Challengers lead incumbents in assembly, commission race |

Challengers lead incumbents in assembly, commission race

by Scott Neuffer

Update: With early voting and eight precinct results in for Douglas County, challengers Jim Wheeler and Barry Penzel were leading in their respective races in early and absentee voting.

Wheeler has 2,182 votes to Assemblyman Kelly Kite’s 1,743 votes. Gary Schmidt is trailing with 1,155 votes. Douglas County is not the only jurisdiction in the Assembly race.

Because there is an Independent American running in the Assembly race, the winner of the Republican primary will be the only person going on to the general election.

Challenger Penzel is leading District 5 commissioner Mike Olson 2,220 votes to 1,856, with 735 votes cast for Dianne Humble.

The top two vote-getters will go on to the general election in November.

Dave Cook and Donna Clontz are the leaders in State Board of Education District 2, according to the Nevada Secretary of State’s Office.

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Cook is leading with 10,642 votes, and Clontz has 9,656 votes. The two leaders will go on to the general election.

Ron Knecht is leading Michon Mackedon statewide, but trailing her in Churchill County. Both candidates are leading “Old Rick” Riendeau, who withdrew from the race.

If bickering politicians have become the disconcerting norm this election season, voters themselves appear to have hefted the mantle of civility.

Across Carson Valley on Tuesday, a committed, if small, group of citizens brought their diverse concerns to the polls, casting ballots in a number of primary races. Missing in their general demeanor, however, was the caustic negativity that has characterized one attack ad after another.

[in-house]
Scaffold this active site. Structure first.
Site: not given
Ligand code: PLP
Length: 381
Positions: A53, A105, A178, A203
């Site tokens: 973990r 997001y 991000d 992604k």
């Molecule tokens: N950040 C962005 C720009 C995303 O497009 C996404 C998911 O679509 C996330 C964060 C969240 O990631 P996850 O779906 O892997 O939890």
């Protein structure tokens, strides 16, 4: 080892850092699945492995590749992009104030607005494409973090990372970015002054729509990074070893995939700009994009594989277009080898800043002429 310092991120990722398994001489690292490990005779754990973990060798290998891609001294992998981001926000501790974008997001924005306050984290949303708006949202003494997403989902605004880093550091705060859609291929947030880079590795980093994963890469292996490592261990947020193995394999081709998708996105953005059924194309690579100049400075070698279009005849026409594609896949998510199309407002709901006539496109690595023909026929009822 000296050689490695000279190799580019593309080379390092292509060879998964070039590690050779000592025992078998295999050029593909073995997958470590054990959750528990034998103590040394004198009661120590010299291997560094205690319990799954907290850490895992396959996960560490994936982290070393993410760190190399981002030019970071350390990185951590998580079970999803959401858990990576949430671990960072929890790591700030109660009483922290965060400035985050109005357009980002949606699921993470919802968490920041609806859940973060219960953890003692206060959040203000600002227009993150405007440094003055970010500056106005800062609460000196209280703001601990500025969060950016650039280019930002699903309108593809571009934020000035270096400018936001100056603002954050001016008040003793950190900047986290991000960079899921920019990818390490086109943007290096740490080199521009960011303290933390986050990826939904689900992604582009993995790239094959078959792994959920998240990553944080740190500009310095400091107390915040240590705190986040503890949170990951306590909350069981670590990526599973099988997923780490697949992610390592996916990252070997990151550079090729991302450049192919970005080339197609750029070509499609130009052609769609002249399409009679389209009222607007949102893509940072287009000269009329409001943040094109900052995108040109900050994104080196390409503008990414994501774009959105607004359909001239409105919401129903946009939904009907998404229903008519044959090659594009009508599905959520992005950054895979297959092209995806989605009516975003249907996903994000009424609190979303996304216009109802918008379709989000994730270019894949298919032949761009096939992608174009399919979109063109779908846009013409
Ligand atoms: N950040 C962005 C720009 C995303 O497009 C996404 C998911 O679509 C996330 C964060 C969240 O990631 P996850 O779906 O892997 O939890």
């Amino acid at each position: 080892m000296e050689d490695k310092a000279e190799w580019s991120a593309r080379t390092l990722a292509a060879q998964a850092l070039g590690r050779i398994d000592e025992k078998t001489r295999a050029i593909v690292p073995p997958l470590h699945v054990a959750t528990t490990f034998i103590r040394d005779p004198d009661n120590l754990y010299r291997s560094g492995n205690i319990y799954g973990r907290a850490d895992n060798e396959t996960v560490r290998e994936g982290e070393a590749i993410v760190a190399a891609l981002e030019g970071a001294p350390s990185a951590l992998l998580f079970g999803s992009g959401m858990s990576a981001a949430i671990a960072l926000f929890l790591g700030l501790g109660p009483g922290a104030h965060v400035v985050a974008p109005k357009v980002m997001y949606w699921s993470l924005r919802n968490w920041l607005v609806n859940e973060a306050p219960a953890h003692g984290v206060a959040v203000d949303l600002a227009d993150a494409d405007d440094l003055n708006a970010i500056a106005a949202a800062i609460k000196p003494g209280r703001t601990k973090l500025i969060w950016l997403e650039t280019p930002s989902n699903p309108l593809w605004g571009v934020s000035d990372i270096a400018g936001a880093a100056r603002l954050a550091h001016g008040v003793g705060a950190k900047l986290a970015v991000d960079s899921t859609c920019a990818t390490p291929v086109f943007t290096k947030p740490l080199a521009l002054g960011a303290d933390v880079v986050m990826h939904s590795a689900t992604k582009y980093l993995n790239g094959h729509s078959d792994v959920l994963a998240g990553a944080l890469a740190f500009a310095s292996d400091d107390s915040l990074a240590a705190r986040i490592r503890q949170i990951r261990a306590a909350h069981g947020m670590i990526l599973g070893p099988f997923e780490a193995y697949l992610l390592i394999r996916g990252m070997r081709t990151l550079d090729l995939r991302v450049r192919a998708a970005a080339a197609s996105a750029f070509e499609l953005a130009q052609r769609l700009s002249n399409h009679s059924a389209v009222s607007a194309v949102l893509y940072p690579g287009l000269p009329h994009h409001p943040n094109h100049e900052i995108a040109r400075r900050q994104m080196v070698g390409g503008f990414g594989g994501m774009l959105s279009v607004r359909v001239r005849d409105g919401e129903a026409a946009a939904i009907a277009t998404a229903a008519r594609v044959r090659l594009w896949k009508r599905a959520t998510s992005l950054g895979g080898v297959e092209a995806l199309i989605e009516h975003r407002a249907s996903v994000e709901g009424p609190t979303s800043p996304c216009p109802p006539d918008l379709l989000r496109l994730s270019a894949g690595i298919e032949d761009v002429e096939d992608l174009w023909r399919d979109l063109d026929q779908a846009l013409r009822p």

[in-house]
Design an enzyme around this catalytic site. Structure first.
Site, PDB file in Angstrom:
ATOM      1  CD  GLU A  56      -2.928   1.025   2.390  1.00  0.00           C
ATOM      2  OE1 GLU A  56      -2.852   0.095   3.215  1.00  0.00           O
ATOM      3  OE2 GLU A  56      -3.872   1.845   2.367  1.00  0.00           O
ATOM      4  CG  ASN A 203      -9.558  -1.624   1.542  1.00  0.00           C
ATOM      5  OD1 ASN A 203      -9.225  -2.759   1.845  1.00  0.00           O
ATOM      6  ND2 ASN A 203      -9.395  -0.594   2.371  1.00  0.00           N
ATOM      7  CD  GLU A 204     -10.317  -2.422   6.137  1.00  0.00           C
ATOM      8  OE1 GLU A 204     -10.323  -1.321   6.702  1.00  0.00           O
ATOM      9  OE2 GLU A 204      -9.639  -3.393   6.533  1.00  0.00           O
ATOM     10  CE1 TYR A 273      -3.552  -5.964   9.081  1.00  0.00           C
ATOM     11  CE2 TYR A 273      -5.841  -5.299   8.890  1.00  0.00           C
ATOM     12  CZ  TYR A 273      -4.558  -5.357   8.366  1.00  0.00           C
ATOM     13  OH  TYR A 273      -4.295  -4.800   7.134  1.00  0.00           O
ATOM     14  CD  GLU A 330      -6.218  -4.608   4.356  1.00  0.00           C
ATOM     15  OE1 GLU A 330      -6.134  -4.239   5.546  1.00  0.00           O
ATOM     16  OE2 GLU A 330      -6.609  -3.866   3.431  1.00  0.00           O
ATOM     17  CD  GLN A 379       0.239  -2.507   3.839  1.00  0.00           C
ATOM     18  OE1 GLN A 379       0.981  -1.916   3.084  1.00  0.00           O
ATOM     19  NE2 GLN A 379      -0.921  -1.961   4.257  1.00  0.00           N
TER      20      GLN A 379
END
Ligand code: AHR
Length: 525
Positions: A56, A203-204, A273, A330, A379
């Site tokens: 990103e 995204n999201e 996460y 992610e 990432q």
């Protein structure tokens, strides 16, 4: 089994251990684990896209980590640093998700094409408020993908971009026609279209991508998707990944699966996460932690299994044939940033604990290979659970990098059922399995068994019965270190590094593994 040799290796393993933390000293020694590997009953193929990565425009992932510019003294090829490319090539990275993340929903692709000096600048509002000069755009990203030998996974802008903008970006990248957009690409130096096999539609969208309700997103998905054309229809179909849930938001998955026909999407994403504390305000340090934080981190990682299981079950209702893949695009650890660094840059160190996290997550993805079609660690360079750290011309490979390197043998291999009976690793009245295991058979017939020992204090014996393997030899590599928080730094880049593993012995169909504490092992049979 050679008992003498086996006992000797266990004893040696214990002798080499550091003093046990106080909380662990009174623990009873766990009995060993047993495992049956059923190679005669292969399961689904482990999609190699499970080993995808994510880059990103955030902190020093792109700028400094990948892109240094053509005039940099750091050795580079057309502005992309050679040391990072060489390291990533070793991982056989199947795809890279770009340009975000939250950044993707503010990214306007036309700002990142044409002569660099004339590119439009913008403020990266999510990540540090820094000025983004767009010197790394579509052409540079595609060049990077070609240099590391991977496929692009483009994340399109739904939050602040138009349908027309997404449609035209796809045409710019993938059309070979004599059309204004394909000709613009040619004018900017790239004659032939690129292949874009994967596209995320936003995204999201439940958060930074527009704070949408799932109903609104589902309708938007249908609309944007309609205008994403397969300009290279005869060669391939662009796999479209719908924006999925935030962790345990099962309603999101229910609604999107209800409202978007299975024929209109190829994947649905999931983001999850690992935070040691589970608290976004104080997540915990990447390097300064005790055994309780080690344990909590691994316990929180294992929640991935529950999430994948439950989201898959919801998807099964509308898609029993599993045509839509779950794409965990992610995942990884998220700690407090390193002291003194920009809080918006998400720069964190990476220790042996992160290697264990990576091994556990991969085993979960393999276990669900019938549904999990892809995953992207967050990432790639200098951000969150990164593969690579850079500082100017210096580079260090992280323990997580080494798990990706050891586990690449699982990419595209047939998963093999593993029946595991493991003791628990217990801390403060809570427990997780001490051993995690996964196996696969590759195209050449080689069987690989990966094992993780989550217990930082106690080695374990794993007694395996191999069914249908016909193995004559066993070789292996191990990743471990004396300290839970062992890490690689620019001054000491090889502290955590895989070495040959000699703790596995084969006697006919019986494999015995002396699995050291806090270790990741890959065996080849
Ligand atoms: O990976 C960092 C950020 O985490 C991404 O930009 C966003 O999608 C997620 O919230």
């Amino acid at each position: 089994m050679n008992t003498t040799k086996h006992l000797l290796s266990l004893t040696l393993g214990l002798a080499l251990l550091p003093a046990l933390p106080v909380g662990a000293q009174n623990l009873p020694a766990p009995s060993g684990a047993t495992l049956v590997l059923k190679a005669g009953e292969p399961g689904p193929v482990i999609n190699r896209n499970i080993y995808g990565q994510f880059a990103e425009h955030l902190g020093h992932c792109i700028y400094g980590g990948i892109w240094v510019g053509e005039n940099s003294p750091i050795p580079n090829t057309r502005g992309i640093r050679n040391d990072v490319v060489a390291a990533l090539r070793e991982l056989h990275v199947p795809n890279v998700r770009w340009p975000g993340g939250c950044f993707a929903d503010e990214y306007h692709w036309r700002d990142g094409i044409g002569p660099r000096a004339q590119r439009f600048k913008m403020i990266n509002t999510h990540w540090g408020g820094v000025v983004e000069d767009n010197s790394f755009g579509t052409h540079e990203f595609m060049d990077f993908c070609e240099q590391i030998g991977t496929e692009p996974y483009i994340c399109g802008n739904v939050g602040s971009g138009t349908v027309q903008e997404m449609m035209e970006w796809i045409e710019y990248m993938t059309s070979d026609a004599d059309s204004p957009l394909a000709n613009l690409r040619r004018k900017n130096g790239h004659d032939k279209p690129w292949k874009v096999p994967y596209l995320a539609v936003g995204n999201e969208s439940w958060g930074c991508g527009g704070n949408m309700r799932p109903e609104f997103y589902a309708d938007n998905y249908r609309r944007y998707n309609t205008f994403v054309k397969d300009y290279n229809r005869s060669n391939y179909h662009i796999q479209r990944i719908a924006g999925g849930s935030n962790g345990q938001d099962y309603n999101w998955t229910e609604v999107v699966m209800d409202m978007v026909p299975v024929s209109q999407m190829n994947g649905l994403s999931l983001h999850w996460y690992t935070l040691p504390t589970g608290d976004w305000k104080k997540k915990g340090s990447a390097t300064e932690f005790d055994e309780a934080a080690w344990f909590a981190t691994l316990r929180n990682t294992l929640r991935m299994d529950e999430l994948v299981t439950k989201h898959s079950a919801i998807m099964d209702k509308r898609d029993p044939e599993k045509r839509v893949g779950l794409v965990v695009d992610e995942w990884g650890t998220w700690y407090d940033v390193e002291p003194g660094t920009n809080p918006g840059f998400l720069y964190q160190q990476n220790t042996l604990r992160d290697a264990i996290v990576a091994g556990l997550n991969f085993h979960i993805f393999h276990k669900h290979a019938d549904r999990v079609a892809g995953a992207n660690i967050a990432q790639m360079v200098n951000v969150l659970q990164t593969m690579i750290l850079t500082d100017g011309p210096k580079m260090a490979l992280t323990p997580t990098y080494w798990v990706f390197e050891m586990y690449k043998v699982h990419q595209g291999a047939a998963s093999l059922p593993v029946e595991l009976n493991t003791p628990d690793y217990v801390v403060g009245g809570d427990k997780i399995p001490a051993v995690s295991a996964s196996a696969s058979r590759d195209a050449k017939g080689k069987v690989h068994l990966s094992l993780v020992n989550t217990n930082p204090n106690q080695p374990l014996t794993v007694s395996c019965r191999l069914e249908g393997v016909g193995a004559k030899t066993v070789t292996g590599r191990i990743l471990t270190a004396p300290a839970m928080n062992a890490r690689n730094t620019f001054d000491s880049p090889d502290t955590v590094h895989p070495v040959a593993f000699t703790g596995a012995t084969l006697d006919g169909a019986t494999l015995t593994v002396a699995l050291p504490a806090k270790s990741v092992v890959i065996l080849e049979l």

“My biggest concern right now is the animosity of our elected officials,” said Johnson Lane resident Susan Joseph-Taylor, “instead of listening to the people and compromising.”

Joseph-Taylor, 57, was on her way to work early Tuesday, but democracy was important enough to make a stop at the volunteer fire station off Stephanie Way.

“I’ve never missed an election,” she said. “I take our responsibility to our country very seriously.”

While undoubtedly devoted to the electoral process, Joseph-Taylor seemed exasperated by politicians.

“I don’t like where our politics is heading, but that doesn’t mean I won’t participate,” she said.

Johnson Lane residents Keith Hill, 55, and Grace Hill, 58, cast their votes before beginning a very significant day. Out of work for months, Grace was heading to Sparks with her husband for a job interview.

“It’s the only voice we have,” she said of voting. “These people are supposed to represent us.”

Grace said her priorities in the primary election were supporting incumbent Dean Heller for U.S. Senate and also narrowing the field for the University Board of Regents and State Board of Education.

“They control a lot of what goes on in the schools,” she said.

Keith said that when it came to local elections, he supported people he felt represented the interests of the Valley but also were accessible to individual voters.

Two Republican primaries centered on Assembly District 39 and Douglas County Commission District 5.

“I you don’t vote, then you can’t complain,” Keith Hill said. “There is no reason to say you’re unhappy if you don’t vote. It’s our right. Not everyone in the country has that right. If you vote, then you feel you can call the person, ask why they’re doing something, and have them explain it to you. If you don’t vote, then you have no say.”

At the volunteer fire station in Gardnerville, Jennifer Wilson, 33, was also punching her preferences into a ballot before going to work.

“One big city limits the amount of Coke you can drink, then who knows?” she said, referring to New York City’s recent effort to ban large sodas in certain locations.

For Wilson, the primary election, and the upcoming general election, is about money and how it’s being spent.

“It starts in your hometown,” she said. “You have to look at the effects on everyone here and now, and then the bigger picture – the domino effect.”

Voters weren’t the only ones upholding a polite and orderly process. Employees from various county departments, along with dozens of volunteers, manned the actual polling stations.

One such volunteer was Jacks Valley resident Brenda Robertson, 70, who was working a table in downtown Gardnerville. She said she’s worked the last six elections.

“I like to volunteer and give back to the community,” she said.

Like the citizens who turned out Tuesday, Robertson said one’s vote is essential.

“It’s the only way to have a say in what happens in your community, in your state, and in the country,” she said. “It’s really important to have a voice.”

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